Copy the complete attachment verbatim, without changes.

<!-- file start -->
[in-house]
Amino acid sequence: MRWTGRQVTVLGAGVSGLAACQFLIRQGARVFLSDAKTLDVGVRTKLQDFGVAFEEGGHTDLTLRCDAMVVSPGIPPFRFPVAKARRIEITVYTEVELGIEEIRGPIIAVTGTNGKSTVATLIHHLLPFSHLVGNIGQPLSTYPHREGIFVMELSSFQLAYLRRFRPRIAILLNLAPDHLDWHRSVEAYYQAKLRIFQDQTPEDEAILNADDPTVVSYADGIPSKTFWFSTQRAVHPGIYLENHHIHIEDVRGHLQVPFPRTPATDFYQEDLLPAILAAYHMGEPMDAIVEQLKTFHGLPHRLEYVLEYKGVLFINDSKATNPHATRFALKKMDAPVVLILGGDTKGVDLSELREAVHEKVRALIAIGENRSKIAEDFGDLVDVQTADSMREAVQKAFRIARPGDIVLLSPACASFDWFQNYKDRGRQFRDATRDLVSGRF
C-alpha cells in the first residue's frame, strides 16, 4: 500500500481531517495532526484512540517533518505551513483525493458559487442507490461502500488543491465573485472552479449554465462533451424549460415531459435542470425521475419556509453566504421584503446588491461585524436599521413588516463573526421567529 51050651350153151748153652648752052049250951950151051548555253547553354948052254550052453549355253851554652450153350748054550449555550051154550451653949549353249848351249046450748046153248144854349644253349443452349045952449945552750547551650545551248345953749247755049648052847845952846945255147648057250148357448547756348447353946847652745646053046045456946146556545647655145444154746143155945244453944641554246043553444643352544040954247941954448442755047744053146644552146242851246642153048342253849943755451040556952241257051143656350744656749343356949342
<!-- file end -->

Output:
[in-house]
Amino acid sequence: MRWTGRQVTVLGAGVSGLAACQFLIRQGARVFLSDAKTLDVGVRTKLQDFGVAFEEGGHTDLTLRCDAMVVSPGIPPFRFPVAKARRIEITVYTEVELGIEEIRGPIIAVTGTNGKSTVATLIHHLLPFSHLVGNIGQPLSTYPHREGIFVMELSSFQLAYLRRFRPRIAILLNLAPDHLDWHRSVEAYYQAKLRIFQDQTPEDEAILNADDPTVVSYADGIPSKTFWFSTQRAVHPGIYLENHHIHIEDVRGHLQVPFPRTPATDFYQEDLLPAILAAYHMGEPMDAIVEQLKTFHGLPHRLEYVLEYKGVLFINDSKATNPHATRFALKKMDAPVVLILGGDTKGVDLSELREAVHEKVRALIAIGENRSKIAEDFGDLVDVQTADSMREAVQKAFRIARPGDIVLLSPACASFDWFQNYKDRGRQFRDATRDLVSGRF
C-alpha cells in the first residue's frame, strides 16, 4: 500500500481531517495532526484512540517533518505551513483525493458559487442507490461502500488543491465573485472552479449554465462533451424549460415531459435542470425521475419556509453566504421584503446588491461585524436599521413588516463573526421567529 51050651350153151748153652648752052049250951950151051548555253547553354948052254550052453549355253851554652450153350748054550449555550051154550451653949549353249848351249046450748046153248144854349644253349443452349045952449945552750547551650545551248345953749247755049648052847845952846945255147648057250148357448547756348447353946847652745646053046045456946146556545647655145444154746143155945244453944641554246043553444643352544040954247941954448442755047744053146644552146242851246642153048342253849943755451040556952241257051143656350744656749343356949342